|Index||3 reviews in total|
An enjoyable episode that was at times disturbing and the other times
uplifting. The show followed the gambit of emotions to finally arrive
at a show that was worth the watch.
Marshal Dillon is alerted to a Indian woman that is being badly used by some buffalo hunters outside of town. When Marshal Dillon investigates he finds that the woman, Mrs Phillips, is actually white and had been kidnapped by the Indians years ago. And to complicate matters Mrs Phillips is also accompanied by her eight year old child, Fawn, which is half Indian.
Matt takes Mrs Phillips back to Dodge where the usual bit of discrimination is placed on the woman having an Indian child. And when the husband, Mr Phillips, arrives from Boston, he is willing to take his wife back but wants nothing to do with the child.
A very intelligent written script that was well done by the cast. It is a sad tale that will have the viewer as upset as Marshal Dillon was to characters in the cast. But fear not, there is something in this story that makes the entire show worthy of a second look. Very entertaining episode.
Note- Marshal Dillon can be savage when needed. Early in this episode Matt has to shoot a man that drew on him. The man's buddies are standing there look when Matt harshly tells them 'You got some burying to do". Nice.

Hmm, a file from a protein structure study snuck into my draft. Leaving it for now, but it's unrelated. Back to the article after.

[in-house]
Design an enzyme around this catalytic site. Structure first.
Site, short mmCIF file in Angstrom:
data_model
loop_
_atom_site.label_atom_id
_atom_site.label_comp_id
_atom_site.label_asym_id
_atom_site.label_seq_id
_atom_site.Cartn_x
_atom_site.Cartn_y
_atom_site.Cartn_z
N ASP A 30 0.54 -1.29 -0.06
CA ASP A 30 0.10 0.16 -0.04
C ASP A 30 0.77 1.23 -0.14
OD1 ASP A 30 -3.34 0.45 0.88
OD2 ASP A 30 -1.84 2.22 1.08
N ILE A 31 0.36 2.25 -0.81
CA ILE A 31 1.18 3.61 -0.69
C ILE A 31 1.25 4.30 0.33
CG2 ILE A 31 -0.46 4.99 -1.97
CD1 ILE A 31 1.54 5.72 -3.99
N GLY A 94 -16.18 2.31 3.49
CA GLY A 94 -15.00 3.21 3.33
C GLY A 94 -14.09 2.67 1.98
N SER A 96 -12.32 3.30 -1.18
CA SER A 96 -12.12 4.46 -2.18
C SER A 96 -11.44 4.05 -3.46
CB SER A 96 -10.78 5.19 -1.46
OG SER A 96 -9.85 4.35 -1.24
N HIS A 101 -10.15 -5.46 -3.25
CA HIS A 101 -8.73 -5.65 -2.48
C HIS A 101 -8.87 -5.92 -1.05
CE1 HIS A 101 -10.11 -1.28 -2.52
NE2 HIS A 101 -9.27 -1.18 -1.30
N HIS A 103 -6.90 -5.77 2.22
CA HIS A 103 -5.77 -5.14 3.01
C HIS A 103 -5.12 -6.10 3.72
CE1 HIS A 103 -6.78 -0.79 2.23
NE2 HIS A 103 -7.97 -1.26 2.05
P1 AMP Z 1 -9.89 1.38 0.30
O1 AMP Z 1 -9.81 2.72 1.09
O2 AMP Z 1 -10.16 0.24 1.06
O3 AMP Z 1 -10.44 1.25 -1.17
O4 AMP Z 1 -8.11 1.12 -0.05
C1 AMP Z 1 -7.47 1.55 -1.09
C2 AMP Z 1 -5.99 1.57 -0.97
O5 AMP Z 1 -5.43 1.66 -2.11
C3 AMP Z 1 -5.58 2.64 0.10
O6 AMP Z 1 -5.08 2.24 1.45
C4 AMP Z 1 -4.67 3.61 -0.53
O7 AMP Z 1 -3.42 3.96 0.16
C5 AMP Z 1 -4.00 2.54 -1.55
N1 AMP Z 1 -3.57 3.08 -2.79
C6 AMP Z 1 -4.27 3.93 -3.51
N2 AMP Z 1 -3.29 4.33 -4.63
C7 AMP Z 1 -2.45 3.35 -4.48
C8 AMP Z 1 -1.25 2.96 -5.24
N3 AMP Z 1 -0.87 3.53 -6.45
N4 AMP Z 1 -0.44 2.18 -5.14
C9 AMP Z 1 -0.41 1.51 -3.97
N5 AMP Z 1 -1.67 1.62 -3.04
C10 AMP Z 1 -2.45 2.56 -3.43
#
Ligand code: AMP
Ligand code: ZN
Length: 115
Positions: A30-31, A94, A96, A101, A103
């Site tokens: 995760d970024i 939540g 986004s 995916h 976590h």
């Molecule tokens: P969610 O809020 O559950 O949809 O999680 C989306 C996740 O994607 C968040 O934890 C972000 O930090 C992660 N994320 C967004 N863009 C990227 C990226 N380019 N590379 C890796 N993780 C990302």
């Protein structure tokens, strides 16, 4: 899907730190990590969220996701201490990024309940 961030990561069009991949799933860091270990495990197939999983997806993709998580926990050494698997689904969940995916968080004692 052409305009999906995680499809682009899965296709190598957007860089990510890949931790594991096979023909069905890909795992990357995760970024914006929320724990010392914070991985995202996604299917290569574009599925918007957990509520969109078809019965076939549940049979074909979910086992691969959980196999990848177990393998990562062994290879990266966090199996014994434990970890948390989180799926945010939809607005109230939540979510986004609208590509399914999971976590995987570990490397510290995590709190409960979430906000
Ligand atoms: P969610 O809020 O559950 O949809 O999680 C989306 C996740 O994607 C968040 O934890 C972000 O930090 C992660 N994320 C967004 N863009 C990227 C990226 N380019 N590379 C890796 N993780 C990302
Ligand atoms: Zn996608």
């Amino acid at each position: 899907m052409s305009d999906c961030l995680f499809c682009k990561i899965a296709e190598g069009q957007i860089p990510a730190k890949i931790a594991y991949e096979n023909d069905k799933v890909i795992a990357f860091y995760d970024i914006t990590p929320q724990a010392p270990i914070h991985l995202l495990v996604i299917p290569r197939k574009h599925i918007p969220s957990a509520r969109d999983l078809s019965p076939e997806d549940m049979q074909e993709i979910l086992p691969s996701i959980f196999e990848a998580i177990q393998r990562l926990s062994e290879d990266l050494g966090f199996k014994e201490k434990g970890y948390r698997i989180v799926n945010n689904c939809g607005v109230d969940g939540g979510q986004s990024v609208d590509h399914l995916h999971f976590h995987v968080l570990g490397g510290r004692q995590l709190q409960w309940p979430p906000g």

By the late 50's, TV was beginning to risk dealing with sensitive
social issues. Here the issue is inter-marriage issuing in a
half-Indian child. Mrs. Philips (Stewart) was abducted by Cheyennes,
after which she has a child by one of the braves. Now she's escaped
only to find rejection from much of Dodge because of her half-breed
little girl. Matt befriends her, as does Jep Hunter (Karnes) who's lost
his own wife to Indian captivity. However, Mrs. Philips's Boston
husband now joins others in rejecting her. Meanwhile, the little girl,
Fawn, cowers in uncertainty.
The episode is sensitively done and honest enough to deal with much of Dodge's rejection. There are few surprises. Nonetheless, sincere performances and a thoughtful script make up for the general absence of customary action.
*** This review may contain spoilers ***
Nice acting by Peggy Stewart as Mrs Phillips and Robert Karnes as Jep
Hunter. This story had a touching, happy ending, as the 3rd guy in Mrs
Philips life finally is a loving, respectful gentleman.
As we know, Dillon don't like men that beat women. He first runs into Jack Band (Fredericks), who as Dillon puts it "about the lowest form of white man I ever saw". Jack Band has made Mrs Phillips a slave and beats her and mocks her. Dillon just takes her and her daughter out of there. Stupid Band draws on Dillon, in a complete mismatch, Dillon easily gets his 80th confirmed kill on the show.
This episode really depicts the racism towards Indians then. Even Dobie, the hotel manager, won't take them in. Fortunately, Miss Perfect Kitty takes them in. Mr Philips (Robert Rockwell, his only Gunsmoke appearance) also turns out to be a horse's behind. Dillon just pushes him away saying "Out of my way" (classic scene). Overall, a touching episode. Jep Hunter has no racism in him and loves Mrs Philips as she is and hopefully live happily ever after in California.
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